Hemant Patel, Community pharmacist

IN in your mind community pharmacy contract is negotiated by RPSGB that was a professional and regulatory body. How absurd! But, then u r a Public relations chappie. Need for a bit of research. And, no! I can not negotiate professional indemnity for you and worse still for me! And, u know the reason why I cannot? As u appear not to know let me tell you: Gov does not negotiate with individuals. Now, find the right body and trying lobbying there and insure the whole profession would back you. Including me. 

Hemant Patel, Community pharmacist

I study history and wild life behaviour for a purpose: to learn and to apply that knowledge to help shape the future. To ignore history is a folly. But, to live in the past is a bigger folly. Anyone who feels we should be compounding or go back to the days where we made the pills and potions is a romantic. It will not happen in this country or anywhere else in the world. Those days are confined to pages of history, documentaries and minds of romantics. The future will require a very different skill set. You will not need a mortar, pestle, spatula or the weighing scales. It will require new knowledge of modern medicines, gene therapy, management of long term conditions and providing urgent care and behaviour change techniques. Computer skills, data set management, using near patient diagnostics and laying hands on patients is the future. Clinical visionaries are seeing 1 million pls vaccinations delivered in community pharmacy this year. They are seeing pharmacists in surgeries and hospital wards. And, they are seeing community pharmacists assessing patients for Atrial fibrillation and referring patients directly to a cardiology dept and getting paid for it. It is true we did not get there as quickly as we could have but then no one said PSNC is a visionary body. Virtually all innovation is local and from enthusiasts as the profession has no vision backed by coordinated practice research and development.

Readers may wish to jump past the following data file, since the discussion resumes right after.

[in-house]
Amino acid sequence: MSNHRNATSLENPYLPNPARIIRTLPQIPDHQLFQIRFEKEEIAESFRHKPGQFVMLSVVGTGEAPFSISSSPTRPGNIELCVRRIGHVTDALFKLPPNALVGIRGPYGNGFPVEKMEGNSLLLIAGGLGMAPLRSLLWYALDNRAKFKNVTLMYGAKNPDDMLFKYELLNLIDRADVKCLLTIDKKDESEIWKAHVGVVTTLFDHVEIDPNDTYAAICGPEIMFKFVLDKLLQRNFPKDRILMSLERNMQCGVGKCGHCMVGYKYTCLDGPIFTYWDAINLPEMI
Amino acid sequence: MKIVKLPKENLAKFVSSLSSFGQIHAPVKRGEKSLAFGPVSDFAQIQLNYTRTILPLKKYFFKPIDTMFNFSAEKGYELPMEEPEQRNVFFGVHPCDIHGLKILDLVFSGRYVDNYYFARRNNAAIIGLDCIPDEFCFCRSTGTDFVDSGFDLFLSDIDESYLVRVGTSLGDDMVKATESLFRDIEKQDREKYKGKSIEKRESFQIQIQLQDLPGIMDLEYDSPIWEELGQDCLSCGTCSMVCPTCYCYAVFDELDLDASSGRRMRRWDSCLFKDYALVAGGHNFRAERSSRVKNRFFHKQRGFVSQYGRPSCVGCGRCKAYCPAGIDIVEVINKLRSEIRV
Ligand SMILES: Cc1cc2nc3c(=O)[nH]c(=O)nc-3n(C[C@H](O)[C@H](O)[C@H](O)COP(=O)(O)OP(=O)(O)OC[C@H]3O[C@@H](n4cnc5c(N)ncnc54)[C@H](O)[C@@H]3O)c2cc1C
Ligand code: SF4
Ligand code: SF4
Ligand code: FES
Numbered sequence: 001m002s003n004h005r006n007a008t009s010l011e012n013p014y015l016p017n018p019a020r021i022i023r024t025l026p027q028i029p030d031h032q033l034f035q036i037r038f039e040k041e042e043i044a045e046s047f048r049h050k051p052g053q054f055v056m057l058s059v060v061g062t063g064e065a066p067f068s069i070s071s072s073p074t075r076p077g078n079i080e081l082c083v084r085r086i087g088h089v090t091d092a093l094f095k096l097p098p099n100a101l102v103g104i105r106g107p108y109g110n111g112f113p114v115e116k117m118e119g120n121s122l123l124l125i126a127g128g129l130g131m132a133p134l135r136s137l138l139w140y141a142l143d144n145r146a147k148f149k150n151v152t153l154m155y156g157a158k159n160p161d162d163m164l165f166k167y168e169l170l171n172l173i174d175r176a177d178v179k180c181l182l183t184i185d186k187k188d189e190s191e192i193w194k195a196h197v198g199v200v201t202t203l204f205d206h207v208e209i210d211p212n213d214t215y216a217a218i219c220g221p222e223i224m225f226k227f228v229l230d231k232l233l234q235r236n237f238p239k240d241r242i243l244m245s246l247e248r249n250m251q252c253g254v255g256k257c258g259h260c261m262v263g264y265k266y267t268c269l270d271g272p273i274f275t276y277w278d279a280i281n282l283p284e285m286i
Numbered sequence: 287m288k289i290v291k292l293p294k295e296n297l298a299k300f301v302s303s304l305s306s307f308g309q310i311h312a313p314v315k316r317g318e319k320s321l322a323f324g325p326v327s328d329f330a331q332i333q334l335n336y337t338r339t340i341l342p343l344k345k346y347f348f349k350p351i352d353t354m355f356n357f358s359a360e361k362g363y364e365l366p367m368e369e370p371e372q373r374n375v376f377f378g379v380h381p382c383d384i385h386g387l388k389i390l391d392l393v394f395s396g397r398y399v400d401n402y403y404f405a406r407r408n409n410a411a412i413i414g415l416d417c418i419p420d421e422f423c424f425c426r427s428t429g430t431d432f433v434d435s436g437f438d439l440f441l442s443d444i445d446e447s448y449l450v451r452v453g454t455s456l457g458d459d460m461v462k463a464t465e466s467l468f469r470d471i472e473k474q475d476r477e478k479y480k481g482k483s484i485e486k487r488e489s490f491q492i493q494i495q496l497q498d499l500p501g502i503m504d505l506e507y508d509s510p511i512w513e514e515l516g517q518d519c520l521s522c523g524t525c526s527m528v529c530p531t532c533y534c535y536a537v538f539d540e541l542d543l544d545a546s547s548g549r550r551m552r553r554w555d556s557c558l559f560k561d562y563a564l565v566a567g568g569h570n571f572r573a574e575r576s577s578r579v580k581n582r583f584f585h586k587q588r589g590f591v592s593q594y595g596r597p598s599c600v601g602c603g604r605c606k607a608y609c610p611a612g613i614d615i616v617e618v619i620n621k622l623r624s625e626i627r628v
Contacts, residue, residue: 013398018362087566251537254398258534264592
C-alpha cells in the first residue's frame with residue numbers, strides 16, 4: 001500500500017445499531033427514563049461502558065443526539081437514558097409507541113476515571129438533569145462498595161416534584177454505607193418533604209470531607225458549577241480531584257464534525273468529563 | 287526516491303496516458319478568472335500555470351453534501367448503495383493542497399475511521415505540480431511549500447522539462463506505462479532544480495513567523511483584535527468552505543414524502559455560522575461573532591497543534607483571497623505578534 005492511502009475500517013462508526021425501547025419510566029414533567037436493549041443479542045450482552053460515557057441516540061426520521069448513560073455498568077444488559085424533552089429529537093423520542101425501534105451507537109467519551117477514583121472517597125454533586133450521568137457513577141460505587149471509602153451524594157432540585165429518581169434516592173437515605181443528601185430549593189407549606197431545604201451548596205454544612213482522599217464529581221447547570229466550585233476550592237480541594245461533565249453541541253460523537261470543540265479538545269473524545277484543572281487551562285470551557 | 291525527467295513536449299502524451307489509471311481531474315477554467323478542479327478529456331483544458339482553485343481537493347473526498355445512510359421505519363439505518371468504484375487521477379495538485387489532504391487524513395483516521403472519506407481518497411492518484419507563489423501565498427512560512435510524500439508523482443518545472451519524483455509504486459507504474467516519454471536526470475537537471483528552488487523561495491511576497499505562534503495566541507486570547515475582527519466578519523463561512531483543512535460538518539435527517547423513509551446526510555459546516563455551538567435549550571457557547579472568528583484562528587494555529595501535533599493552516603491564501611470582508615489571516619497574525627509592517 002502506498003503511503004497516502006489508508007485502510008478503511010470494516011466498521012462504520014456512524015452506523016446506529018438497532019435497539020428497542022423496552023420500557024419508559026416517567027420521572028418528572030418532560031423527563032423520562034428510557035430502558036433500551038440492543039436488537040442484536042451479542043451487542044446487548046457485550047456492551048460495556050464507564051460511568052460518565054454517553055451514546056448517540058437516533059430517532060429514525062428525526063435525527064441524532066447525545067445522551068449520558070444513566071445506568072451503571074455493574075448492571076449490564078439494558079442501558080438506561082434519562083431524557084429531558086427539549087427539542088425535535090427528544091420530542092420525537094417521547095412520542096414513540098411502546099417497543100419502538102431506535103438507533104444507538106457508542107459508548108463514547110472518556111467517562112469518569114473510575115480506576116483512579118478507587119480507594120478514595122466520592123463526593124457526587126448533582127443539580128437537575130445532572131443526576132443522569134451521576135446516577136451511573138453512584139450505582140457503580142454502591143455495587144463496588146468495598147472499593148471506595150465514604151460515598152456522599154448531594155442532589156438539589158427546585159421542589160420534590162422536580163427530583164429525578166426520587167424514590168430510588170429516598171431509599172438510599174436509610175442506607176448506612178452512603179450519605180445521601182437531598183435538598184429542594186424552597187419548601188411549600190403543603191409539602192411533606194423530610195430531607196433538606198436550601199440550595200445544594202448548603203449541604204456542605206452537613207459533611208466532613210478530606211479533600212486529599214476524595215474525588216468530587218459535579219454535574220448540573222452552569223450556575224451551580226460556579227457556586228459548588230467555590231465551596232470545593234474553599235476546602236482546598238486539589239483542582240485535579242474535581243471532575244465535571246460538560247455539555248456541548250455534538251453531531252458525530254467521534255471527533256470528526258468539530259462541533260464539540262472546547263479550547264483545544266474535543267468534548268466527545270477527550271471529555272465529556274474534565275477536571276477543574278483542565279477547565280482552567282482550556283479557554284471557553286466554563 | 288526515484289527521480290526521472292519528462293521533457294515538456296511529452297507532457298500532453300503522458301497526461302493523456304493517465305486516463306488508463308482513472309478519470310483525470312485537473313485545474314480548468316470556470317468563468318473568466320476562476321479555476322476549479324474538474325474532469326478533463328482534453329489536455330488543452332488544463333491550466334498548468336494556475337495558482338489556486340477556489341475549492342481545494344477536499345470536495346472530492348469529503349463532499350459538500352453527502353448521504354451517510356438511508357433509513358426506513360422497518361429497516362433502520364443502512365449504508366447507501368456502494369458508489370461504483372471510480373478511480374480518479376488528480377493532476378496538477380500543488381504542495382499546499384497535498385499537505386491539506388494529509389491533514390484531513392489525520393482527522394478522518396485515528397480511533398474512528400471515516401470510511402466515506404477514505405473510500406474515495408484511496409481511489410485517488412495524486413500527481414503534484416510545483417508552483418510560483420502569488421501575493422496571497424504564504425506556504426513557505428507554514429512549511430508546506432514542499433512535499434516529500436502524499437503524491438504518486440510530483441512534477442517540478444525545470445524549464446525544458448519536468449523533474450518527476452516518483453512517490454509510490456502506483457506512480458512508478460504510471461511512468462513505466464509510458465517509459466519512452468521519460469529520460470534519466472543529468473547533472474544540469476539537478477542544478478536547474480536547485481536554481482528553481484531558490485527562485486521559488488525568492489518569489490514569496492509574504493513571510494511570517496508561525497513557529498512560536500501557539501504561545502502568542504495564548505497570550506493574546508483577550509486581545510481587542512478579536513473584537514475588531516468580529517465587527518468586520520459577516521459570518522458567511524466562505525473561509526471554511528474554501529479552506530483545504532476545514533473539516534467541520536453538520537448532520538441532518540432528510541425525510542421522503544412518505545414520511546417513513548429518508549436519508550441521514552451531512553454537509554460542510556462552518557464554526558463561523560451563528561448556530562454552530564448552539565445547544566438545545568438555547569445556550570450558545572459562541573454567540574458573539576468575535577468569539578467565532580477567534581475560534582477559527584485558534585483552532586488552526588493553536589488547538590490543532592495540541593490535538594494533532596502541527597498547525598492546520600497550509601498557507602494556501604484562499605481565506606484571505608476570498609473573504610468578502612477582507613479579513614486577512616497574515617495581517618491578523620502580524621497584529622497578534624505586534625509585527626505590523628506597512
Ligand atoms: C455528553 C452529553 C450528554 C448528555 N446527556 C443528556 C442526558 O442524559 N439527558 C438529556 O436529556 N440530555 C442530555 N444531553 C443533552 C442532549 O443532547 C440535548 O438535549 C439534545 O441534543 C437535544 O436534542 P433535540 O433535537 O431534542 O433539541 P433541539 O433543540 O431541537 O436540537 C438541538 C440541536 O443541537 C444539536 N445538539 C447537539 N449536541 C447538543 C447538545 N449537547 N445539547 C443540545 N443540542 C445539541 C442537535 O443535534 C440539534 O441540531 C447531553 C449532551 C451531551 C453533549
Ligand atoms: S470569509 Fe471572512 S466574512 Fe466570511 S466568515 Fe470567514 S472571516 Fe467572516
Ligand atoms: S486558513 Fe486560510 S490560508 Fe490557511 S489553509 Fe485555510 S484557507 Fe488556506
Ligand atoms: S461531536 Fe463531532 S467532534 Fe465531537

I will share details of a conference about technologically driven models in due course. I am confident that pharmacy in this country and abroad will become more clinical (in NE London pharmacists are doing clinical work in cardiology, mental health, respiratory and diabetes) and use technology (detection of AF, diabetes, BP etc). Go to the bit starting at 11:47 Https://www.england.nhs.uk/our work/innovation/test=beds/

AF work can be done in every community pharmacy and watch out for the big news in the coming months.